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Spoon Feeding Our Rights Away

Media Matters reported today that The Special Report With Brit Hume distorted remarks made by Sen. Carl Levin to make it appear as though Levin was accusing the Bush administration of orchestrating leaks about it's own surveillance program. Sen. Levin made the remarks during the confirmation hearing of Gen. Michael Hayden yesterday. I was reading through the transcript that Media Matters had and this bit from Levin caught my attention:
Disclosing parts of the program that might be the most palatable and acceptable to the American people while maintaining secrecy -- until they're leaked -- about parts that may be troubling to the public is not acceptable.

The reason this jumped out at me was because of a post I read the other day over at The Reaction. The poster, Creature, was curious to know if the Bush administration is in fact planting stories in the media in order to shape public opinion about domestic spying. He brought up Russell Tice, a former NSA staffer who was going to "shock" us with revelations of yet more domestic spying (hinting at the possible use of spy satellites). Creature then noted an AP story discussing the National Geospatial-Intelligence Agency, an agency tasked with (drum roll please) spy satellites and imagery analysis! He goes on to speculate that this story was planted in order to soften the blow of Tice's "shocking" testimony.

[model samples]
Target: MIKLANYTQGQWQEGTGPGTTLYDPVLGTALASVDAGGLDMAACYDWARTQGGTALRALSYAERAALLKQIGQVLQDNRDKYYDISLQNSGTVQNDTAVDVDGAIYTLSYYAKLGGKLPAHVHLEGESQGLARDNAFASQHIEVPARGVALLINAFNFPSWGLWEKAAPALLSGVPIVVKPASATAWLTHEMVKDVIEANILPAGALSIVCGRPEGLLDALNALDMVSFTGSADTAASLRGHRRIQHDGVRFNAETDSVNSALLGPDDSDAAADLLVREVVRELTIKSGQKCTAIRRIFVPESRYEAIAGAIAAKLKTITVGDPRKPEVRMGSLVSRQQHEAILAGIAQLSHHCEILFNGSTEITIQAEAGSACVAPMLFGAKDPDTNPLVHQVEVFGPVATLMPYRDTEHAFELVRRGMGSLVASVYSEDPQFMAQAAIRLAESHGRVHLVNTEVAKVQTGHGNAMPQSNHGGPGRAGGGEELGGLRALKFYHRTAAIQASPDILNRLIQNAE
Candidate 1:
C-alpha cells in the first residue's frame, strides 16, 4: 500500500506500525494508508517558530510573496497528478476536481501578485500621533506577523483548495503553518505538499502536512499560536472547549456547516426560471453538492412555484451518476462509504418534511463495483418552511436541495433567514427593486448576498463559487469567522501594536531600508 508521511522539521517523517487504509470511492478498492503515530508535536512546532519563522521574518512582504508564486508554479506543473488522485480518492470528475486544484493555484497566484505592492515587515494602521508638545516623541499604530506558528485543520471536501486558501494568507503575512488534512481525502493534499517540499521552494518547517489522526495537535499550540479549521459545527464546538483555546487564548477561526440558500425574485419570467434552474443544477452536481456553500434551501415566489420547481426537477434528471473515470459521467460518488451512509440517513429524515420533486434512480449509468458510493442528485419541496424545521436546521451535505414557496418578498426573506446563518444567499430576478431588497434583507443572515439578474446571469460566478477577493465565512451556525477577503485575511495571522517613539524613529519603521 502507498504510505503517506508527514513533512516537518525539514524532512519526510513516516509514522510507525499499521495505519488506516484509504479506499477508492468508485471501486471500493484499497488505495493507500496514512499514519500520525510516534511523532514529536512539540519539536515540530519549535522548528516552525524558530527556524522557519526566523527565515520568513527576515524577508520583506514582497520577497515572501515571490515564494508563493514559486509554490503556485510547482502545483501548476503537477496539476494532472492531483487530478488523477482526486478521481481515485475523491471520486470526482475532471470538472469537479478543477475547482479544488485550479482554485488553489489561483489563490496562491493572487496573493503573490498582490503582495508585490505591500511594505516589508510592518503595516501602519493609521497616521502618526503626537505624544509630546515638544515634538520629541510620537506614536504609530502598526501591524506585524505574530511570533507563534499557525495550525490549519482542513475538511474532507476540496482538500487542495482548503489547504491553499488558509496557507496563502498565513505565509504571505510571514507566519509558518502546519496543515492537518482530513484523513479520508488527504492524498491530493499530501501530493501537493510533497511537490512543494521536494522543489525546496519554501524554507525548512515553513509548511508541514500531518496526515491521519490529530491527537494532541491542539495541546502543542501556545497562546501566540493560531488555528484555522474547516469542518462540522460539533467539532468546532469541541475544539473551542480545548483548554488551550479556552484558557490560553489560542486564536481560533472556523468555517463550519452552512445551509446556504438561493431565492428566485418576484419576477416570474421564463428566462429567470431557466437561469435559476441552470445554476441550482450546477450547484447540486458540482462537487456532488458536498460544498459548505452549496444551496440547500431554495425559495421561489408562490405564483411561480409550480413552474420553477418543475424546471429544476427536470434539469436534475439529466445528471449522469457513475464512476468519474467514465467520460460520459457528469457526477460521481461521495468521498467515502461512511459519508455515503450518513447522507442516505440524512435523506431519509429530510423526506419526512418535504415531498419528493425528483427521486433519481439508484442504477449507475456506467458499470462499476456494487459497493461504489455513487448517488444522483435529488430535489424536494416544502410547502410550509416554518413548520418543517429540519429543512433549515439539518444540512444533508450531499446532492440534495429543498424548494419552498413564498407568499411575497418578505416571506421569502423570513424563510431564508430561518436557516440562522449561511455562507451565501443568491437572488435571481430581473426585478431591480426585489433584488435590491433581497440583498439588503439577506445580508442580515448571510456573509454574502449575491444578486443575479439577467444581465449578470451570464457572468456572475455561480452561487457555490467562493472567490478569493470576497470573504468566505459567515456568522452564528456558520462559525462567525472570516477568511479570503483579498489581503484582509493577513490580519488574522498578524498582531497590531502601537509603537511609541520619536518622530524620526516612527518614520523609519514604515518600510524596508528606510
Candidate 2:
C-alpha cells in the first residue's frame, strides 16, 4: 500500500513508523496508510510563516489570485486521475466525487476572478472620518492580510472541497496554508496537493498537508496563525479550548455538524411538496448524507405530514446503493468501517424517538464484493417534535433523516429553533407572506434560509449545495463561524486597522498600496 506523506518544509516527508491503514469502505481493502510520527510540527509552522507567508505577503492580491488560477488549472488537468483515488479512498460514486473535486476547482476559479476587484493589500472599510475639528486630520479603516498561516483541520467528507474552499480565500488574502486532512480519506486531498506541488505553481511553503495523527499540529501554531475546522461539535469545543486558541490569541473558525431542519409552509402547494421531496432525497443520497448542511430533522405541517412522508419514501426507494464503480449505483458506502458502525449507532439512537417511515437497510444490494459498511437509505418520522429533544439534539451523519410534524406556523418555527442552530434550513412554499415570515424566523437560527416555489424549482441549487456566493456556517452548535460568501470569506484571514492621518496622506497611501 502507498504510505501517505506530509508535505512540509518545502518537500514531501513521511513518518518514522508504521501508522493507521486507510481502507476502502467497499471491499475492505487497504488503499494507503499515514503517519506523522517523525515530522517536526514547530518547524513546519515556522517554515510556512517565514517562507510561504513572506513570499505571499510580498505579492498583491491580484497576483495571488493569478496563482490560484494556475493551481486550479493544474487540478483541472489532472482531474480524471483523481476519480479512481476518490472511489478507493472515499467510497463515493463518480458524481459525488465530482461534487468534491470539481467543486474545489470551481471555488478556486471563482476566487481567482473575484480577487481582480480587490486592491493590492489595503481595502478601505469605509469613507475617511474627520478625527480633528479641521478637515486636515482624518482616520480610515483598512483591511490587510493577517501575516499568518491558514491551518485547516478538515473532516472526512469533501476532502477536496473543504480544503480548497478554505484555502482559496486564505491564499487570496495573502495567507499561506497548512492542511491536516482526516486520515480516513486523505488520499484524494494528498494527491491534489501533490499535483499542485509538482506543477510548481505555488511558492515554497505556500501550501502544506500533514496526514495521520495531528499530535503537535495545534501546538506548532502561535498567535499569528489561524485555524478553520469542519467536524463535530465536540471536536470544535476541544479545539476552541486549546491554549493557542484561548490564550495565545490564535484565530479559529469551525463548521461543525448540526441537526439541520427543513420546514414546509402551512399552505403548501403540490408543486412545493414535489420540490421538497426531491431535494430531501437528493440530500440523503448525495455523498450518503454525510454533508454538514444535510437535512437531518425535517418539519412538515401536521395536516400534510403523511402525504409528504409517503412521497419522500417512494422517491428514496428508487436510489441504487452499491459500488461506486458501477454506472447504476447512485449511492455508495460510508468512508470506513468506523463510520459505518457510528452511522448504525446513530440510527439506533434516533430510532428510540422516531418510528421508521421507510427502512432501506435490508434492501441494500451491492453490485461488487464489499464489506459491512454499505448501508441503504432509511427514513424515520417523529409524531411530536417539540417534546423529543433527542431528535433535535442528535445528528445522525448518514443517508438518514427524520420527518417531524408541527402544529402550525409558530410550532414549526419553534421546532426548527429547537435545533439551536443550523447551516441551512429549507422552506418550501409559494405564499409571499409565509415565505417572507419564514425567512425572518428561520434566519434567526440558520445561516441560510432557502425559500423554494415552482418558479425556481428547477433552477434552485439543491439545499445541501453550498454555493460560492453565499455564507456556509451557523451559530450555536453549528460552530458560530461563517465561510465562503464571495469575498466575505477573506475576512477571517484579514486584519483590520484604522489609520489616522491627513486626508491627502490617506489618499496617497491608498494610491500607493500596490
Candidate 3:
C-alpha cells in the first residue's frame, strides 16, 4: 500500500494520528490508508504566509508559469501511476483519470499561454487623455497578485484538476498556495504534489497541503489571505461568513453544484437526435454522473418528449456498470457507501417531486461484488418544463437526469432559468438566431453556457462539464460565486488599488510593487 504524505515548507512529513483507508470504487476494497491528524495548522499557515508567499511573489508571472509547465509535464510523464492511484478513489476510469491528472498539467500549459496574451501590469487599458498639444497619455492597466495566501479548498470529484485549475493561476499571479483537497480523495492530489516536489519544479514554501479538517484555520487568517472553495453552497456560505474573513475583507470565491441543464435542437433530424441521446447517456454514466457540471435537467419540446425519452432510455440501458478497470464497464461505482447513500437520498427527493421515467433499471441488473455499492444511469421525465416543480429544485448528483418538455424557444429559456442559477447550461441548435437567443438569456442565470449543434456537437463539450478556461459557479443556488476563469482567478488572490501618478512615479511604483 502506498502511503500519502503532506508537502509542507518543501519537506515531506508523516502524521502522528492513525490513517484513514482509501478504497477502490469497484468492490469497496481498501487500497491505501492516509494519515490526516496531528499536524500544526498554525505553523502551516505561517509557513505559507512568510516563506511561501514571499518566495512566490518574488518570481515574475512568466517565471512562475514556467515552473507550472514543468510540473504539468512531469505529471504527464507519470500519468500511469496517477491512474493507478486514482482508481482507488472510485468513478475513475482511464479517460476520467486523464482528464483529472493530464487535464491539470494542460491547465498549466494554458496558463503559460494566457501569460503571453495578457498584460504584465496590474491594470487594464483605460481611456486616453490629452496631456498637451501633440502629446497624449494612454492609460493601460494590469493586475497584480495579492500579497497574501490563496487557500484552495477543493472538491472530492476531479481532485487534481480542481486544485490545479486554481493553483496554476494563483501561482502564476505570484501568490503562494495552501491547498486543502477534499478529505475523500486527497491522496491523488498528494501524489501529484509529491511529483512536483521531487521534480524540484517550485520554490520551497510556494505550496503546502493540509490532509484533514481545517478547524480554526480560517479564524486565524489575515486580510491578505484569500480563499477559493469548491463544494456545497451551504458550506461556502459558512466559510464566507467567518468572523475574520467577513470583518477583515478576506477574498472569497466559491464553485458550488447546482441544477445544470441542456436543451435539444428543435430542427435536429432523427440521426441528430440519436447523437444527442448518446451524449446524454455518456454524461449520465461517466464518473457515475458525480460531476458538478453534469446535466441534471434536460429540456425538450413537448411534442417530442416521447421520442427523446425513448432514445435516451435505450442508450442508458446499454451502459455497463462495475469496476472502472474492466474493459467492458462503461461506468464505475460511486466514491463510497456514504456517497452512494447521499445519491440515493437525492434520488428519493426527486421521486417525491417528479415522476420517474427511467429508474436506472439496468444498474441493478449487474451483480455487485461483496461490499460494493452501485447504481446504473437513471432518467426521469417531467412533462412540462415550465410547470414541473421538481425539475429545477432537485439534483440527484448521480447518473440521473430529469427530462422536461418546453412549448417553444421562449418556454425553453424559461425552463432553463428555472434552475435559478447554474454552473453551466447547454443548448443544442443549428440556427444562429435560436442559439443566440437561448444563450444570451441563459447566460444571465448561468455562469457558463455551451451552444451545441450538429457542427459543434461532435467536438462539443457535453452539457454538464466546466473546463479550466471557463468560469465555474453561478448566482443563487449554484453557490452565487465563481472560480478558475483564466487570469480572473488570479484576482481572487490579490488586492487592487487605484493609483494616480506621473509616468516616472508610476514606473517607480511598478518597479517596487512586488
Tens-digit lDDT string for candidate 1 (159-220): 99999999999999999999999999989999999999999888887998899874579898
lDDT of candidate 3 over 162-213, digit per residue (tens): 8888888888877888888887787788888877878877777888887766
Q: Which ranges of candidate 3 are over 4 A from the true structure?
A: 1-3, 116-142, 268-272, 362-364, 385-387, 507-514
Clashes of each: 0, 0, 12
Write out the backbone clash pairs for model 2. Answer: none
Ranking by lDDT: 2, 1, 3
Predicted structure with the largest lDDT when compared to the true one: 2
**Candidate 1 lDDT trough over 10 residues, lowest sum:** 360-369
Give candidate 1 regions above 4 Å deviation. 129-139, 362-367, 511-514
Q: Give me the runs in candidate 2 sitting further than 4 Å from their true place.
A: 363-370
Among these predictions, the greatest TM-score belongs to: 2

Something that I think lends credence to this is the fact that I have yet to hear anything about Tice's testimony (or if he even gave it for that matter). Was this AP story designed to preempt Tice? Is the Bush administration piecemealing out the less controversial aspects of their domestic surveillance programs in order to spoon-feed us into accepting the more legally dubious bits? Stories like this seem to make that a possibility.

Perhaps it's time we start asking what's on the end of the spoon.